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Ensign affair

The Justice Department is no longer targeting Nevada’s junior senator in a criminal investigation arising from his affair with a former campaign aide and has no plans to charge him, attorneys for Republican John Ensign said Wednesday.

The department had been looking into allegations Sen. Ensign conspired with aide Doug Hampton, the husband of the woman with whom Sen. Ensign admitted cheating on his wife, to violate federal lobbying restrictions.

When Mr. Hampton found out about the affair, Sen. Ensign admitted he contacted campaign donors to help line up a lobbying job for Mr. Hampton. Federal criminal law bars former Senate aides from lobbying in the Senate for a year after they leave.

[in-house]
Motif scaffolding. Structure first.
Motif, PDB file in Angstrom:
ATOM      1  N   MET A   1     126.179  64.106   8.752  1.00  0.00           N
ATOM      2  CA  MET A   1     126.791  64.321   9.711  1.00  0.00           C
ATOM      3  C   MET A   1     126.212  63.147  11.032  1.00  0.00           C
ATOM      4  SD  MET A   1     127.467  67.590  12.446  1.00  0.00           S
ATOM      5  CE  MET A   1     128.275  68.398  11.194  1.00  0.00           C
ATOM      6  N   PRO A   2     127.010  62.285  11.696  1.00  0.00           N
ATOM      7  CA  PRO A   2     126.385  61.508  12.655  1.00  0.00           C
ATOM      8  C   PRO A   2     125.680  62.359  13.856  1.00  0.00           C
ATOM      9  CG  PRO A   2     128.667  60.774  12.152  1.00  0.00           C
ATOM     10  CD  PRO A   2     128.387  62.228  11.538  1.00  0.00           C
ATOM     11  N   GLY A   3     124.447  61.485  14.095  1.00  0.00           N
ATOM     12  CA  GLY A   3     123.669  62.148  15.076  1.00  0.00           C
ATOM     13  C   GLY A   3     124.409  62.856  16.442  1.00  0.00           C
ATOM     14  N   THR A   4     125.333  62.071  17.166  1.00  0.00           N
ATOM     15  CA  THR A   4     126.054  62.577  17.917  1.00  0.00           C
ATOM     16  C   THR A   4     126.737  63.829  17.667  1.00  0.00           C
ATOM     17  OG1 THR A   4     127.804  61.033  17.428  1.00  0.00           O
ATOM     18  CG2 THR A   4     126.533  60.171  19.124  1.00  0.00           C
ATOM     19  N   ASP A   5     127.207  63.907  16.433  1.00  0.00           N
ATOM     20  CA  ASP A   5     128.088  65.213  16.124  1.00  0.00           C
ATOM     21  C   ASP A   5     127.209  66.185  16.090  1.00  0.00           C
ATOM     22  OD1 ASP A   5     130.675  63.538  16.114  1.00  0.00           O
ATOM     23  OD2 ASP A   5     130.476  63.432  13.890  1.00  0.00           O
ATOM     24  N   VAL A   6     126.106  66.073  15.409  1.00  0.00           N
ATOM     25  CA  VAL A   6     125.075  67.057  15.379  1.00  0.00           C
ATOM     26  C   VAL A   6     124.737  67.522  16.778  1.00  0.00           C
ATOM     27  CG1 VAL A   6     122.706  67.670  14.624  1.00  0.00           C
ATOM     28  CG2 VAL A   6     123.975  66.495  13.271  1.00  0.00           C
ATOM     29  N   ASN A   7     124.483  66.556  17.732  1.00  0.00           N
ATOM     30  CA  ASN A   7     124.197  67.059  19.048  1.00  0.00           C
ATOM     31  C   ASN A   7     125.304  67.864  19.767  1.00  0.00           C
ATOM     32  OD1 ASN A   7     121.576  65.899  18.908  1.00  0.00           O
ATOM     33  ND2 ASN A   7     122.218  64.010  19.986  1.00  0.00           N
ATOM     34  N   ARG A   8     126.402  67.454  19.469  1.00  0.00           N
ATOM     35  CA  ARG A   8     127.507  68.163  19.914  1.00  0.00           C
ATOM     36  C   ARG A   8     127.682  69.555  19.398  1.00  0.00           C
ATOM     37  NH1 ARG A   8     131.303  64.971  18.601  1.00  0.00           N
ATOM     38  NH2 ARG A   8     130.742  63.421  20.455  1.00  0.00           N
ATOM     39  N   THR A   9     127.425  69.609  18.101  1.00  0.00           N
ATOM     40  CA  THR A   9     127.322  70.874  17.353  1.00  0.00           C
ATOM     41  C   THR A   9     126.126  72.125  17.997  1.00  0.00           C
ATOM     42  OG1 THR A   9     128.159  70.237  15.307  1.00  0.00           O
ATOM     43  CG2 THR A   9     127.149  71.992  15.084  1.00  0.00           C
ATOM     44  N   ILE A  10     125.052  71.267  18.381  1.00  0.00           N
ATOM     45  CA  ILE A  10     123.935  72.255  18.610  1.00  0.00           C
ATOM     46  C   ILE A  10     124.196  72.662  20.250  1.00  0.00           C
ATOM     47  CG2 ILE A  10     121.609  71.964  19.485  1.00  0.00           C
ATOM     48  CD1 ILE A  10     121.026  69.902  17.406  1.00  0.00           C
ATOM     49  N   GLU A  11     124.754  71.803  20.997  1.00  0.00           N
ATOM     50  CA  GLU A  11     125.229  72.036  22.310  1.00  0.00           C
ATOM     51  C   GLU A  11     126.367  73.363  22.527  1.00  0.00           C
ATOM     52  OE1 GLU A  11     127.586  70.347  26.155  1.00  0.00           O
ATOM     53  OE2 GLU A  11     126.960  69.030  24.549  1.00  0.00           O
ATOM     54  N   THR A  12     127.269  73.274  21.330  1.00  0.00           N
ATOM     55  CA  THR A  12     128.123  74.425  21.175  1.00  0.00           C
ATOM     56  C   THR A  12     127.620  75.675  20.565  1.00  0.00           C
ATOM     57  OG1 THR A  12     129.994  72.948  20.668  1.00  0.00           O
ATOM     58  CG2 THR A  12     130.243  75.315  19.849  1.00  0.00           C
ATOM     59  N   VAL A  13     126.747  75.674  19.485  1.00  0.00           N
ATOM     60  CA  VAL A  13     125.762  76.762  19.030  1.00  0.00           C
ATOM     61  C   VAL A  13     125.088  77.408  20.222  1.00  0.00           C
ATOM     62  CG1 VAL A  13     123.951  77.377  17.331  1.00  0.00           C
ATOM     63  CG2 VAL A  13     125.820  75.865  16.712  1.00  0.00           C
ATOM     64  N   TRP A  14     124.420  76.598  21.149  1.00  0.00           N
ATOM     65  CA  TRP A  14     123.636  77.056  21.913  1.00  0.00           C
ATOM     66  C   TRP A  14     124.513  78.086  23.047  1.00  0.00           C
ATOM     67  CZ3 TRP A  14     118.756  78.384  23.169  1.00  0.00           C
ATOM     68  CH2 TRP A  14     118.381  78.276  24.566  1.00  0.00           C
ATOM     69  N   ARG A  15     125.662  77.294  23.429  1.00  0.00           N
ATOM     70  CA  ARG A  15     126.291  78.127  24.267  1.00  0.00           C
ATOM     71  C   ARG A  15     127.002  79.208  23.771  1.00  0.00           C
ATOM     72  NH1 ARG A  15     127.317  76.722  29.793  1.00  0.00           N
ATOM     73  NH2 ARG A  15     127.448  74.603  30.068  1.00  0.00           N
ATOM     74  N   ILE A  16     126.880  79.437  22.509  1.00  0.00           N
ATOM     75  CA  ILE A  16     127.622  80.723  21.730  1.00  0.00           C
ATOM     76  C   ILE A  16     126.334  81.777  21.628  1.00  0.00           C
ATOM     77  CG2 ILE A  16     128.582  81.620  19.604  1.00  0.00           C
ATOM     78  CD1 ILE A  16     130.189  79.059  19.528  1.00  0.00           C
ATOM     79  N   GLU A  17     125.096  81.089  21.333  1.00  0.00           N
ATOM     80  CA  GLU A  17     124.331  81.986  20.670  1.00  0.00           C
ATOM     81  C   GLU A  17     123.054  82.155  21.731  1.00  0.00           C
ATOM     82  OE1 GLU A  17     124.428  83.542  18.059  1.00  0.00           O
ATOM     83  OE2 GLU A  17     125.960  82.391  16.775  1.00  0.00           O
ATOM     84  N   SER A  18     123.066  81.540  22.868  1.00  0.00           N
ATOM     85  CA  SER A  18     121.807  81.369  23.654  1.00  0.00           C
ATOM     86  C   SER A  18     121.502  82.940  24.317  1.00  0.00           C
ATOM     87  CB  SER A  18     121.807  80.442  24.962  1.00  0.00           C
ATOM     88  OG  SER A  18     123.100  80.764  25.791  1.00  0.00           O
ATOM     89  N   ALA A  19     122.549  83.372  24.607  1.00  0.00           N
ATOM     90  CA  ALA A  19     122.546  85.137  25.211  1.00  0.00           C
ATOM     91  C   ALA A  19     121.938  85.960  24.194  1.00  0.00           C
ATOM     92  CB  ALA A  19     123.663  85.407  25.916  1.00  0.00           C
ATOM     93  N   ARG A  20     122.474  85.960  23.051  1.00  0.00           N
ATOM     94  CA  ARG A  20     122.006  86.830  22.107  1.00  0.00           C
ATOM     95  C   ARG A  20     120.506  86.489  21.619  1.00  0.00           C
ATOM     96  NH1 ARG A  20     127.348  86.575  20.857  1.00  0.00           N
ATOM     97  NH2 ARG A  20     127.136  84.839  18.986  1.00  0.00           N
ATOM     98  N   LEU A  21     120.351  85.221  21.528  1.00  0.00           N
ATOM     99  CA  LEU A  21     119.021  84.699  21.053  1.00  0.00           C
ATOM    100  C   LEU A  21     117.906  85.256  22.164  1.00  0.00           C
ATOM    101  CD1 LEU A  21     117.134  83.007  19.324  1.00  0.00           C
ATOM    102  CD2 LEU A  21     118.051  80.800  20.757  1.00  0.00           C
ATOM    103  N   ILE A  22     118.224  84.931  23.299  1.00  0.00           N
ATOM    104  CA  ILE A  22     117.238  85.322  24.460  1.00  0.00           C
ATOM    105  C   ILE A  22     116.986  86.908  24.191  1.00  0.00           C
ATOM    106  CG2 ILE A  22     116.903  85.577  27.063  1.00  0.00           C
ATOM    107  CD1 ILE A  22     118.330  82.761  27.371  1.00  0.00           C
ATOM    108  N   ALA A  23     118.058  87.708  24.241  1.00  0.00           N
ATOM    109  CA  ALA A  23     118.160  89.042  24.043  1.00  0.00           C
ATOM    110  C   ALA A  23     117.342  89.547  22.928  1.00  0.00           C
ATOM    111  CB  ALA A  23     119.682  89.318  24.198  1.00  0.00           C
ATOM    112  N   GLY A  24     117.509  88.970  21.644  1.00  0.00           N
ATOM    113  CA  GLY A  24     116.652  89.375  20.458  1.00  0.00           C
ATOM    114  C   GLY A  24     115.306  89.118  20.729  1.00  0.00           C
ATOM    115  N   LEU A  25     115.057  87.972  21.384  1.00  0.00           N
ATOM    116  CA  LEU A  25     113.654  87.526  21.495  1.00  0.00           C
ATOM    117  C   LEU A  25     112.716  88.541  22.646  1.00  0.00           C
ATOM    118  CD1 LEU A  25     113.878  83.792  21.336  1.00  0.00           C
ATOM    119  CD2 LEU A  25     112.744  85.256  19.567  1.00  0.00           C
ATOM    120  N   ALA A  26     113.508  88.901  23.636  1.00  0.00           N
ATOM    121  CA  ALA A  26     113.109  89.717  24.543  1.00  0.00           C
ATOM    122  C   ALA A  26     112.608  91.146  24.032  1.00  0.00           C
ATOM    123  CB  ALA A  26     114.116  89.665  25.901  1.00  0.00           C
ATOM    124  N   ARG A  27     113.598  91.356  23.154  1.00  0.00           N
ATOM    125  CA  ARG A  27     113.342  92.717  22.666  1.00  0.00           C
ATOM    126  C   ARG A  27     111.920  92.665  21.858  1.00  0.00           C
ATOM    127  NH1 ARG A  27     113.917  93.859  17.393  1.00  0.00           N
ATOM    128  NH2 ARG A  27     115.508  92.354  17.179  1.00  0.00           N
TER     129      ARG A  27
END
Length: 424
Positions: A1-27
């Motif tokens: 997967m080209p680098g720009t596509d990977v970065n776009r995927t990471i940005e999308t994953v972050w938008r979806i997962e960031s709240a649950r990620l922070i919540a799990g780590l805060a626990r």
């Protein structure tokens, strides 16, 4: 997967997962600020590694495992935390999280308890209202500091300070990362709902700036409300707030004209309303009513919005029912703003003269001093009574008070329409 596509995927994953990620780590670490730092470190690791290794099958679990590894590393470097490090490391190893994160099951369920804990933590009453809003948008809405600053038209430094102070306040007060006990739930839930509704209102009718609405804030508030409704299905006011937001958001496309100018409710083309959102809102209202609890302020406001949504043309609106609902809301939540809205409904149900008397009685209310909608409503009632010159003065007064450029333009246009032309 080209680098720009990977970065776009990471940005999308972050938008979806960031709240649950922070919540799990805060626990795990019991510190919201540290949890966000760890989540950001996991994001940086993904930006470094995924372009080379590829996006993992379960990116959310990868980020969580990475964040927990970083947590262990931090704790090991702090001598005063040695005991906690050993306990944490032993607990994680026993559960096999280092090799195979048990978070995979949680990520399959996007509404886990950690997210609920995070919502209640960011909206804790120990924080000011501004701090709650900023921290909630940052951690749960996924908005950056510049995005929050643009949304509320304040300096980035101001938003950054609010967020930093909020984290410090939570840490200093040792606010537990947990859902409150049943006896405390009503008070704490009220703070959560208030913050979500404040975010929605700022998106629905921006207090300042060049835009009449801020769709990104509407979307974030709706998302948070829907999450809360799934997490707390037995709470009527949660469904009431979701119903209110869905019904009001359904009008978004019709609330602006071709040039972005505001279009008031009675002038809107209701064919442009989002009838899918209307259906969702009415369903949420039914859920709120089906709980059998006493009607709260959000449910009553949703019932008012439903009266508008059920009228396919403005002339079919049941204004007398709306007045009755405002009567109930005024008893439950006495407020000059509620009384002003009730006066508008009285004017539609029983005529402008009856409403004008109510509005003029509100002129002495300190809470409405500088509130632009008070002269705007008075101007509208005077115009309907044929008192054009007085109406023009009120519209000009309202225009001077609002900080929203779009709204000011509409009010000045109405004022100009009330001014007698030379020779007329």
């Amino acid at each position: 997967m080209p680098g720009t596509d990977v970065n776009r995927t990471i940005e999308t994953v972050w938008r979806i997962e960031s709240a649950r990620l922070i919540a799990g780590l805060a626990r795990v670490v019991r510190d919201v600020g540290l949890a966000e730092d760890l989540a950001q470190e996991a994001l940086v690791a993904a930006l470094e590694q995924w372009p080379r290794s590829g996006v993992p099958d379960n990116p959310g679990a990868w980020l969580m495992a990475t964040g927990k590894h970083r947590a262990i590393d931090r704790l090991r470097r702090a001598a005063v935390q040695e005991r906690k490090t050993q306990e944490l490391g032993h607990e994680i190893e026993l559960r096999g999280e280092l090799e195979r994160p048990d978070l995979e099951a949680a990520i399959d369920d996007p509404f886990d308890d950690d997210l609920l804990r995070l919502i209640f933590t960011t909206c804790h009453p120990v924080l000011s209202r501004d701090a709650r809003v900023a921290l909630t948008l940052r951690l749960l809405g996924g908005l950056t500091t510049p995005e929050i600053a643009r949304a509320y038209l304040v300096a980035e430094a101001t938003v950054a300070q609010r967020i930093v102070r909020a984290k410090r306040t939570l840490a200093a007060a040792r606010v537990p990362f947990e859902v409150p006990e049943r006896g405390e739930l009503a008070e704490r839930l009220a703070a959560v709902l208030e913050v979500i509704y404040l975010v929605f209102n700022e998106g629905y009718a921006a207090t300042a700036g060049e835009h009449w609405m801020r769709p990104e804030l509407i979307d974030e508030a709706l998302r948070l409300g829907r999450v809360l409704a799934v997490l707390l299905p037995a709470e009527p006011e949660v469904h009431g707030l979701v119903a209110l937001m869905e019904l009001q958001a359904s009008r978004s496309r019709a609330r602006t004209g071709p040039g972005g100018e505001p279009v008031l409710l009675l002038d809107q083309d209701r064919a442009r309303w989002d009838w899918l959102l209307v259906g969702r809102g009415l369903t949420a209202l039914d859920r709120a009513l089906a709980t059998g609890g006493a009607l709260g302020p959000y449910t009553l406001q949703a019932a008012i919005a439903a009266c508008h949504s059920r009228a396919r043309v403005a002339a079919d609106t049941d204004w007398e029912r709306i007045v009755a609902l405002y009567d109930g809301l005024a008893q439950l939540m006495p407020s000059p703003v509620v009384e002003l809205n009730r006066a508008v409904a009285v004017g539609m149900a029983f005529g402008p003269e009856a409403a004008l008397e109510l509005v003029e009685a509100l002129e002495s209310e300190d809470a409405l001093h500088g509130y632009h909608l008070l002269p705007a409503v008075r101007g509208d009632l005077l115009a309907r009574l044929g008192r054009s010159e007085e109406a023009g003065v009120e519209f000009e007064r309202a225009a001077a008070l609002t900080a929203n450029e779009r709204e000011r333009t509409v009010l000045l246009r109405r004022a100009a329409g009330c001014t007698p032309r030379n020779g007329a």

Around the same time, Sen. Ensign’s parents provided the Hamptons with $96,000 they described as a gift.

Two weeks ago, the Federal Election Commission dismissed a complaint against Sen. Ensign over the $96,000 payment. A spokeswoman for the senator said Sen. Ensign hopes the Senate Ethics Committee will soon follow suit.

Politically, these latest developments are good news for Sen. Ensign, who has announced he’ll seek a third term in 2012. But it would be a mistake to believe he’s out of the woods, where Nevada voters are concerned. Not only would the senator obviously face a high-profile Democratic challenger in 2012, there’s little doubt his perception as a “wounded” incumbent will draw numerous challengers from his own party.

But those are merely symptoms.

Yes, voters have forgiven similar transgressions scores of times, as former President Bill Clinton’s political survival testifies. But Sen. Ensign is held to a higher standard precisely because he was considered a champion of conservative family values. Many of his supporters simply feel he has embarrassed them — and that could be the most difficult hurdle for him to overcome.

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